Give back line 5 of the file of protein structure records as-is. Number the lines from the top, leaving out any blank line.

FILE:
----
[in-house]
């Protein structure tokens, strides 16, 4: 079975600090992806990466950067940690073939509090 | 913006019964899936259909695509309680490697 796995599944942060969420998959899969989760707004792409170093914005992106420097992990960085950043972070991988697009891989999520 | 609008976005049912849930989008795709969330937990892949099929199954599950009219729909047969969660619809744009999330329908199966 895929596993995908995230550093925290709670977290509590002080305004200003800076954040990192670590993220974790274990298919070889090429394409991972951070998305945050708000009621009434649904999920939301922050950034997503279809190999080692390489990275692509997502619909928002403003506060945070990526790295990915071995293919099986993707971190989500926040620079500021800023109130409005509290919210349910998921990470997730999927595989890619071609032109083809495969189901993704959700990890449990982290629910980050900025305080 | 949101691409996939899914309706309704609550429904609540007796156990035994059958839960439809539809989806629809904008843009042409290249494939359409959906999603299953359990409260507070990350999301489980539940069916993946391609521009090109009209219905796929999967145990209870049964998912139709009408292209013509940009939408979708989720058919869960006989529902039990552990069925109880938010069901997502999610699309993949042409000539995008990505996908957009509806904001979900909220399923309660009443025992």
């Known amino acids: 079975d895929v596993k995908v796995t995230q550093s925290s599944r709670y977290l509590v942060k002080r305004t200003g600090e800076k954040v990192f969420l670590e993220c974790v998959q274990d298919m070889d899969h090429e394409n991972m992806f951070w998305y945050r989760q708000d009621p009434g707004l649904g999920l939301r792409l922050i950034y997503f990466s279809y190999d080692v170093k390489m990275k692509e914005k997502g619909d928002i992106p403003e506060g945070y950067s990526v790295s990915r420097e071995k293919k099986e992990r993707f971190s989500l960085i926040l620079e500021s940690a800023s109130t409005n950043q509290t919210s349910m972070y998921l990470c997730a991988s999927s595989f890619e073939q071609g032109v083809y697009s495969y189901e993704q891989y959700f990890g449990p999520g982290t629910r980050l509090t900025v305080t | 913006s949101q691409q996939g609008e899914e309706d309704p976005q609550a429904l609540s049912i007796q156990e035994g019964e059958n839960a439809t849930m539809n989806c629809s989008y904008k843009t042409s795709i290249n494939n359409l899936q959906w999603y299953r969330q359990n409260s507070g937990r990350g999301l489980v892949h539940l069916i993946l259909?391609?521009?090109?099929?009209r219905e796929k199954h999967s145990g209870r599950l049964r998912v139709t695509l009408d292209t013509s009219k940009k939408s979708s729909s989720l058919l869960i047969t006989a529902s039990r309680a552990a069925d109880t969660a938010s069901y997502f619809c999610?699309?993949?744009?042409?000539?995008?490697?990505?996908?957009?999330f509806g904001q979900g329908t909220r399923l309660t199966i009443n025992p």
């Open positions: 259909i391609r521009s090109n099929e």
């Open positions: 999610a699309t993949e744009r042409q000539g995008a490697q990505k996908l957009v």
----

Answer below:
């Open positions: 999610a699309t993949e744009r042409q000539g995008a490697q990505k996908l957009v």